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Meet Your APF Leaders: Q&A with Zan Chandler

With this article, Compass begins a regular series where we invite APF members to learn more about the board members of the APF.

Q. Where do you live?

Toronto, Ontario, Canada.

Q. How long have you been a member of the APF?

Since November 2012.

Q. When did you join the APF board of directors?

January 2022.

Q. How did you learn about the APF?

The World Future Society (WFS) conference took place in Toronto in 2010 when I was a grad student in OCAD University’s Strategic Foresight and Innovation Masters (SFI) program. The APF held a Professional Development (ProDev) day to which OCAD students were invited. So, I attended the conference and the ProDev to learn more about what it means to be someone who practices foresight. APF members Cindy Frewen, Mary Jane Naquin and Maree Conway were so welcoming at that event that I thought this could be a community that I would want to be part of. I decided to apply for Associate Membership as soon as I’d finished my studies.

Q. What do you do as a professional futurist?

I have worked on a broad range of foresight projects and processes as a researcher and facilitator, both as a grad student and with KerrSmith Design. About six or seven years ago, I started teaching foresight methods in the SFI program. I am now working with Policy Horizons Canada, the Government of Canada’s Centre of Excellence in Foresight, where I am responsible for moving forward activities related to developing foresight capabilities in both Horizons staff as well as other federal public servants in Canada.

Q. Why do you love what you do?

This is arguably my third or fourth career, so it’s clear I love to learn new things. I’ve been lucky to feed that desire by learning to become a foresight practitioner and working on projects across a range of industries and sectors. All projects afford the opportunity for learning, and as long as that’s true about my work, I will continue to love it. That said, I think teaching feeds into this considerably. I do love working with folks who are learning about this field and are grappling with new ways of seeing, knowing, and doing. It’s quite intoxicating to see their awakening and excitement at working in new ways and to know that you had a hand in it.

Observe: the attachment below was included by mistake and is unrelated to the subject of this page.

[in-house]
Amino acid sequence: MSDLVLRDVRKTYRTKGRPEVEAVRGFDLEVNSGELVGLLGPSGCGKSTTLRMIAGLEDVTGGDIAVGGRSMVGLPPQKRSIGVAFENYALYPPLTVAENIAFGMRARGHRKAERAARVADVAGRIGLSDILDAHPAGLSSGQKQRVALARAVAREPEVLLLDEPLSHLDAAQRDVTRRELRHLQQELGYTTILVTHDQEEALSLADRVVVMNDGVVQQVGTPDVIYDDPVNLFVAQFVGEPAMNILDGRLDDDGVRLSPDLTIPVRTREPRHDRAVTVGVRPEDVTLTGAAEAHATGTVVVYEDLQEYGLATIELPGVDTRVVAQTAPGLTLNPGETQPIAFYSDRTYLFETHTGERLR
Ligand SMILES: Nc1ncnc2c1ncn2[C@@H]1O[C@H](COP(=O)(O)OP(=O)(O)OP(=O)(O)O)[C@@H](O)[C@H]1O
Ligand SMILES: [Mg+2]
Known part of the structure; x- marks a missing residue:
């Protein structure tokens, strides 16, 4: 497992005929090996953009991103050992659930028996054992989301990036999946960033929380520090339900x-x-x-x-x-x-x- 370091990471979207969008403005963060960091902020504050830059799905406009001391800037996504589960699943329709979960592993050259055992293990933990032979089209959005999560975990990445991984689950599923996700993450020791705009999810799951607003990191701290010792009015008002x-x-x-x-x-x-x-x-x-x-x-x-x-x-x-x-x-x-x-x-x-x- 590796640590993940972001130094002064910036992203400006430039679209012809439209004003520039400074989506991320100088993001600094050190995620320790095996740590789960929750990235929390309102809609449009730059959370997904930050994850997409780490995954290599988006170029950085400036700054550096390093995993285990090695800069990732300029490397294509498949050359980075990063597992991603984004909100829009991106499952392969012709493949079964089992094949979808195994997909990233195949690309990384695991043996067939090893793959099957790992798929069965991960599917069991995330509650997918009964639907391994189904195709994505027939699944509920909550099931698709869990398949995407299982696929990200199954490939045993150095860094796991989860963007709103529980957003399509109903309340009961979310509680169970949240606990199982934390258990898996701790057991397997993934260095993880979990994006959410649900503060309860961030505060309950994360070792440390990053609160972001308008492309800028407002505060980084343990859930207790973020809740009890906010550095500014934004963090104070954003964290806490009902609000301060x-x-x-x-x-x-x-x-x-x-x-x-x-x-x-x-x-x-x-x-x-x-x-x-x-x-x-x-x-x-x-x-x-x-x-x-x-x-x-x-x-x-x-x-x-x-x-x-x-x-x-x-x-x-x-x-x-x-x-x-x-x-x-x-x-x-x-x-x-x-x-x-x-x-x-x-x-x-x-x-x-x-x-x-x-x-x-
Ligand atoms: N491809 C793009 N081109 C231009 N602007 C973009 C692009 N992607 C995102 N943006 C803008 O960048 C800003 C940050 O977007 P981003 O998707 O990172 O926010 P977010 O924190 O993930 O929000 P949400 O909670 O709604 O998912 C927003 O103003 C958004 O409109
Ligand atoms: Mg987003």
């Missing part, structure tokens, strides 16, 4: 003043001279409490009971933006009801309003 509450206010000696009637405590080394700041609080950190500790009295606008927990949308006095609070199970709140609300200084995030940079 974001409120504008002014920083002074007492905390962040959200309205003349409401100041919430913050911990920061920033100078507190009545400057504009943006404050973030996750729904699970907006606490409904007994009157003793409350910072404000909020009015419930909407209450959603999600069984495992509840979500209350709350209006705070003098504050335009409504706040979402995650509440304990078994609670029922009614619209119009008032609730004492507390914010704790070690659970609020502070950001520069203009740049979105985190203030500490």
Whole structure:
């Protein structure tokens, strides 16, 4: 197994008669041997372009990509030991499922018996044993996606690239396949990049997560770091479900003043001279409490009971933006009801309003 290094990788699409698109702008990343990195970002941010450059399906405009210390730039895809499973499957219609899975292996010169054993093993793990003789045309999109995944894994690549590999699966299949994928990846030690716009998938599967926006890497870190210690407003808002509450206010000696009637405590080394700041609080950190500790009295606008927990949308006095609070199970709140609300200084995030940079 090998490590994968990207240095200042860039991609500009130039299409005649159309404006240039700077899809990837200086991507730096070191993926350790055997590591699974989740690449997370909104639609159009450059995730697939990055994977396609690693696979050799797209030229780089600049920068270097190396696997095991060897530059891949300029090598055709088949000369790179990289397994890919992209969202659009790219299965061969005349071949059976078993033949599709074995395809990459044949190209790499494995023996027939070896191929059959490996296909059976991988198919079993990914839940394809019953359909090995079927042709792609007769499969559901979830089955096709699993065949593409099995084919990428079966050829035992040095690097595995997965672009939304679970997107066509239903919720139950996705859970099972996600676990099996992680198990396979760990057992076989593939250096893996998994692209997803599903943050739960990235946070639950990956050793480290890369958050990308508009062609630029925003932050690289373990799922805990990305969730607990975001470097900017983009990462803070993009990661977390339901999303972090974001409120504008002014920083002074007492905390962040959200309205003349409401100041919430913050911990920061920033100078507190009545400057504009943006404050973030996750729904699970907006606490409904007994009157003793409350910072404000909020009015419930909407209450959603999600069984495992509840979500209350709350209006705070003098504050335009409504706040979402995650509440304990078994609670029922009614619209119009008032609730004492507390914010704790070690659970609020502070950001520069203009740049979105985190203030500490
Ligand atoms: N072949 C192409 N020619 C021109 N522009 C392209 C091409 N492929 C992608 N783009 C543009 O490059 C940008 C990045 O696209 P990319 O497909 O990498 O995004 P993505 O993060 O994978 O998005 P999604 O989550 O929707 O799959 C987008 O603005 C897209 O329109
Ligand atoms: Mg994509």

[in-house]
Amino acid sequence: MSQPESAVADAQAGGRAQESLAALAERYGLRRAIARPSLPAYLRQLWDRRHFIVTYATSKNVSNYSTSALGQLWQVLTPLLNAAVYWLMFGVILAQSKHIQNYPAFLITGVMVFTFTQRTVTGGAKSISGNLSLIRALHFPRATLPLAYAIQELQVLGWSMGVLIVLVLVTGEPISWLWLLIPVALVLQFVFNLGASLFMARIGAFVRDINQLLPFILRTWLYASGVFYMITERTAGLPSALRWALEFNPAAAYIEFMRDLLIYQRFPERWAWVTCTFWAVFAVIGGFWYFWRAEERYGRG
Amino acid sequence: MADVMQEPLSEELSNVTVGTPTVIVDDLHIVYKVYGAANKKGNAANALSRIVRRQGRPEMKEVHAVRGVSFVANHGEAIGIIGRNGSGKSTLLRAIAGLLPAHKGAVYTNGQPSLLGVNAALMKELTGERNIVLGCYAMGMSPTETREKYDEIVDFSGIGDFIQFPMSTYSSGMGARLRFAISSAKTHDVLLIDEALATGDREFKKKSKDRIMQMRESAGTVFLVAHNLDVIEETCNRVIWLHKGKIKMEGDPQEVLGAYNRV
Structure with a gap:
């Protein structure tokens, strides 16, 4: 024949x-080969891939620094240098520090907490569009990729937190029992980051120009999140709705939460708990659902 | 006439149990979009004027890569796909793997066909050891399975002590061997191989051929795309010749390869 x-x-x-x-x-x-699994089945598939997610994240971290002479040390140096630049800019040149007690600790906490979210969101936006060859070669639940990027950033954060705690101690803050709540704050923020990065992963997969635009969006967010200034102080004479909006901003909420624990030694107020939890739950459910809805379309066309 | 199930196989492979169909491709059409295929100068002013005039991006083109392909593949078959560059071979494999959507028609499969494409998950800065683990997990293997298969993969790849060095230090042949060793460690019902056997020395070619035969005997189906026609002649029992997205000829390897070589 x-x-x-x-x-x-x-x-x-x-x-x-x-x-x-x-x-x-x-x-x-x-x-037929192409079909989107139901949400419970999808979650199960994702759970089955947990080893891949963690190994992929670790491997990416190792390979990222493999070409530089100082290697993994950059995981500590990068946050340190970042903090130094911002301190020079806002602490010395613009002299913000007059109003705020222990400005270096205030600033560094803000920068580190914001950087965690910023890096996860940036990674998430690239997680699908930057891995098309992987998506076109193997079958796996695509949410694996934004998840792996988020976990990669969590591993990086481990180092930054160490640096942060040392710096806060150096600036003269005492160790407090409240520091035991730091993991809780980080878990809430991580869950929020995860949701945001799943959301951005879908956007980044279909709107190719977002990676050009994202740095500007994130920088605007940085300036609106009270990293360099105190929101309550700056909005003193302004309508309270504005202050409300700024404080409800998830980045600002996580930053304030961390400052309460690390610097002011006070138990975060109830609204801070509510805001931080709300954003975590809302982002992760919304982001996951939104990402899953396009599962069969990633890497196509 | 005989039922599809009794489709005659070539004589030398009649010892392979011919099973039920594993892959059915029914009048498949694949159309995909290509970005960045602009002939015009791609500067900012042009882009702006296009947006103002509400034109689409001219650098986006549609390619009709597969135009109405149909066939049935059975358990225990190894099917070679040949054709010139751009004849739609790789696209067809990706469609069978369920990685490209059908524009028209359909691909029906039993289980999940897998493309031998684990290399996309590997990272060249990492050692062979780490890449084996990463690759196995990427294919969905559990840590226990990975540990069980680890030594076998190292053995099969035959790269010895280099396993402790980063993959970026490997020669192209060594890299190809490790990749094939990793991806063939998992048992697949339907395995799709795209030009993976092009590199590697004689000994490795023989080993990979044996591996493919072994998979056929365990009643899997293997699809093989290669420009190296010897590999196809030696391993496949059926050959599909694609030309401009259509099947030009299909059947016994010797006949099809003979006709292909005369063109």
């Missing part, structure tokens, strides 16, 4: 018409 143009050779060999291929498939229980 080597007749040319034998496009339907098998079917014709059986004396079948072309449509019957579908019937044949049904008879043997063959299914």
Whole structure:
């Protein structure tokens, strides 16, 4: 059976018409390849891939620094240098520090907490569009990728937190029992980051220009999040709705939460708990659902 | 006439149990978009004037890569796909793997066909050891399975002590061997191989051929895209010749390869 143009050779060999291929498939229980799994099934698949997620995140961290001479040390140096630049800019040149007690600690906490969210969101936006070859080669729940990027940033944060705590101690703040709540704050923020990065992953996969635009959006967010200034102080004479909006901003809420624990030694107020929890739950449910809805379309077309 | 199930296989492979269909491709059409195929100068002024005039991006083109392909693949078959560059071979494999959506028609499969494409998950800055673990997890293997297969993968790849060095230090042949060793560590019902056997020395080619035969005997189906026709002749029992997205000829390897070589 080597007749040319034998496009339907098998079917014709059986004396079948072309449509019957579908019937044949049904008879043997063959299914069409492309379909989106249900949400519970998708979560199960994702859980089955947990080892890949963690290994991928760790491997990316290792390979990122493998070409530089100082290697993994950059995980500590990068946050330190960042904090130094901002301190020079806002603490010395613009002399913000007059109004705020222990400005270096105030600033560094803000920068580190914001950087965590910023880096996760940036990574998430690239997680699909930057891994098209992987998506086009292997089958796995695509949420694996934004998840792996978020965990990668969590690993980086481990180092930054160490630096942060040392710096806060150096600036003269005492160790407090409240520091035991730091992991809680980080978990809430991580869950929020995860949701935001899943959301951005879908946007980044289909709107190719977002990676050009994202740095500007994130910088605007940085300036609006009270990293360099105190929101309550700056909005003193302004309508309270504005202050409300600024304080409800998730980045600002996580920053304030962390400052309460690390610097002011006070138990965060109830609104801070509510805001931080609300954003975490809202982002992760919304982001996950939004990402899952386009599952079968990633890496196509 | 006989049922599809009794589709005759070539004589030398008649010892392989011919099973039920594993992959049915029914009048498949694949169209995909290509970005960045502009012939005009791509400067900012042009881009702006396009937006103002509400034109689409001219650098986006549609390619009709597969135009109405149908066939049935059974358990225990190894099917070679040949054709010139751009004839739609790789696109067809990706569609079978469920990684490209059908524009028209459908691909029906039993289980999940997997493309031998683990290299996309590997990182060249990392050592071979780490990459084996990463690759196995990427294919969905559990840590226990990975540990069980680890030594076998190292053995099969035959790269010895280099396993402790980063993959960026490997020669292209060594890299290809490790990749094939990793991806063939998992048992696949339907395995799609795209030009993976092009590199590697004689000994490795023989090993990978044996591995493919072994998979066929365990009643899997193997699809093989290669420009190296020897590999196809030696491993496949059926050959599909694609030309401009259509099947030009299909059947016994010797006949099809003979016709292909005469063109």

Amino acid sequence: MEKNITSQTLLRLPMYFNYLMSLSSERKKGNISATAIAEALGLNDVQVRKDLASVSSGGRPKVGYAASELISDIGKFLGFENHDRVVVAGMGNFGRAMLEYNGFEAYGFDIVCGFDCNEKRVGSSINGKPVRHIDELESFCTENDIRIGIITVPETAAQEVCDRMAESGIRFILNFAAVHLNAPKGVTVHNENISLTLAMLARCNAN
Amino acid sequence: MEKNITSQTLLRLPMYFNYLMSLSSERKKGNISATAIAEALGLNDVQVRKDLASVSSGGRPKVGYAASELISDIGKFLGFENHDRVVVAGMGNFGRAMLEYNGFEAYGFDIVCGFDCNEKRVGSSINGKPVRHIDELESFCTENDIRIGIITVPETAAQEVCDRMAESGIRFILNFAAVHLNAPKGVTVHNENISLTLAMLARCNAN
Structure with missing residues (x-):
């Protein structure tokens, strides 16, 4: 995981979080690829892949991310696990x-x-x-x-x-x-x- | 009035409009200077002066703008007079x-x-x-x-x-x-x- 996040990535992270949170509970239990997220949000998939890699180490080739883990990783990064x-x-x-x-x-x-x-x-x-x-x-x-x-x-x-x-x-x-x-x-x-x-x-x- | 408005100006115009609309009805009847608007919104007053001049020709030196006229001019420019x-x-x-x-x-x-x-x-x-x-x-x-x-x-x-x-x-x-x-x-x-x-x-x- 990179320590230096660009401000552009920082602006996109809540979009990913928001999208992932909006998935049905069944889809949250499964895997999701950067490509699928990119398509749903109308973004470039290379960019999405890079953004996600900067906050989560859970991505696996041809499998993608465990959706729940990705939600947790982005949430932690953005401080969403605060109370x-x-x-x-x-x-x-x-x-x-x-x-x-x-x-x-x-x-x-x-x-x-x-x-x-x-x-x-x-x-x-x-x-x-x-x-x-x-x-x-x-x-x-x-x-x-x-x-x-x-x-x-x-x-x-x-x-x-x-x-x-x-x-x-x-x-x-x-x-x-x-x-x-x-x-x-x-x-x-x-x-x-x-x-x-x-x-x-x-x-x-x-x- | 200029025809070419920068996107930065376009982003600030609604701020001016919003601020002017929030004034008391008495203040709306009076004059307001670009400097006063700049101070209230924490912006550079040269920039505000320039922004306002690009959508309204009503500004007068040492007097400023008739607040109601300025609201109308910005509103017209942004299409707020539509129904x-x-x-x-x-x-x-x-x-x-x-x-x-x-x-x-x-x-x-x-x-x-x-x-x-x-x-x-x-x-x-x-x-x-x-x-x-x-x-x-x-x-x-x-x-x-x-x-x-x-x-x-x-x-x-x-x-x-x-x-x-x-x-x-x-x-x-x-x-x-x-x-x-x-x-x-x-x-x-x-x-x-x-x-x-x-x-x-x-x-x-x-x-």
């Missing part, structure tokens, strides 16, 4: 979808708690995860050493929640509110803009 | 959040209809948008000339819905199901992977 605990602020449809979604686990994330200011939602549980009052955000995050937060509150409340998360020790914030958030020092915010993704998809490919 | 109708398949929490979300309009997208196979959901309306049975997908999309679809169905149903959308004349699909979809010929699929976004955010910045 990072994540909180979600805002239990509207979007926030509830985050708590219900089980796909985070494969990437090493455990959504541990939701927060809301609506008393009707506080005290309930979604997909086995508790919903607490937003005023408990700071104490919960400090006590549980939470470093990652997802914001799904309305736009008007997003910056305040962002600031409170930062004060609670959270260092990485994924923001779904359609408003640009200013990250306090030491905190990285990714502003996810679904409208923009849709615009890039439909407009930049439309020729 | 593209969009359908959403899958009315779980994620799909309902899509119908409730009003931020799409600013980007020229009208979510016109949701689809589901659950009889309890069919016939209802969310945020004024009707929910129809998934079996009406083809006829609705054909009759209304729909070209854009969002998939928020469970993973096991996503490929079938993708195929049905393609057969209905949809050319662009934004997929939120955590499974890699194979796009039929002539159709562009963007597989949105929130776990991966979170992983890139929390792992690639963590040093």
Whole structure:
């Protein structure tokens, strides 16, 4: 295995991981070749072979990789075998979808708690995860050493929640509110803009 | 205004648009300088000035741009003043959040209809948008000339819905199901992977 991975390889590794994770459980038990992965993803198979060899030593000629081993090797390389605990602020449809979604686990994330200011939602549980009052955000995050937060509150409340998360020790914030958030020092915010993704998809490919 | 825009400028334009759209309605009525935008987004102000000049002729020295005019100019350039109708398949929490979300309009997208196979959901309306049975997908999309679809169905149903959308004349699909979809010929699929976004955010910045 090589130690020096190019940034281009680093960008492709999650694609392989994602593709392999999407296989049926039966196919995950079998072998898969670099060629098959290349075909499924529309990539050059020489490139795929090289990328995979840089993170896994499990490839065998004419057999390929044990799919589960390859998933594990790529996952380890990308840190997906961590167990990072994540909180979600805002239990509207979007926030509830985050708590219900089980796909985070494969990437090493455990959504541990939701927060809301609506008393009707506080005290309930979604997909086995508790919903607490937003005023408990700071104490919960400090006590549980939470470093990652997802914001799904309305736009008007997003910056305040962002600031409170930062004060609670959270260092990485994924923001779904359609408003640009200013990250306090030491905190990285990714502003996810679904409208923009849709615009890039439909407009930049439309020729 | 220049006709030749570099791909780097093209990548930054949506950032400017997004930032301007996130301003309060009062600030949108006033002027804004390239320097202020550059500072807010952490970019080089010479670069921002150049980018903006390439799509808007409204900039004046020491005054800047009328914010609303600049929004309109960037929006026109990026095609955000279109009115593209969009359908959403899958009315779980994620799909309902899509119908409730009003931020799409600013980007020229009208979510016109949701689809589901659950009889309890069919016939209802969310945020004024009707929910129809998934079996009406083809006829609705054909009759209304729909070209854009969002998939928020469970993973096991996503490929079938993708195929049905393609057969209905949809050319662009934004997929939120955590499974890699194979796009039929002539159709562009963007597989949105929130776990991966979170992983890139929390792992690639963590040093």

Q. Why did you become a professional futurist?

Being a professional futurist allows me to do things I love -- exploring the past, finding patterns in what’s changing, splashing about in the possible, collaborating with interesting thinkers and doers, being continually exposed to new ideas, ways of thinking, seeing, doing, and being.

While I have a long professional history in the arts and cultural sector, I don’t participate in the foresight space as a domain expert. Rather, I enter into this work with a focus on process and am continually learning new perspectives, methods, and techniques. Being a professional futurist means I’m able to work on a wide range of projects, and along the way, continue to learn from the experts I work with.

Q. How does being a Canadian inform your perspective as a professional futurist?

If Canada had been a different place, my family might not have chosen to come here. A racialized outsider perspective informs my practice more so than holding Canadian nationality specifically. Living in Canada (more specifically in Toronto) has meant I have been exposed to multiple (and often conflicting) perspectives on past, present, and the futures: Indigenous, Black, and racialized communities, established settler communities, and newer ones. Being born in the UK and raised there, in Barbados and in Canada have all greatly shaped how I see the world and therefore how I practice foresight.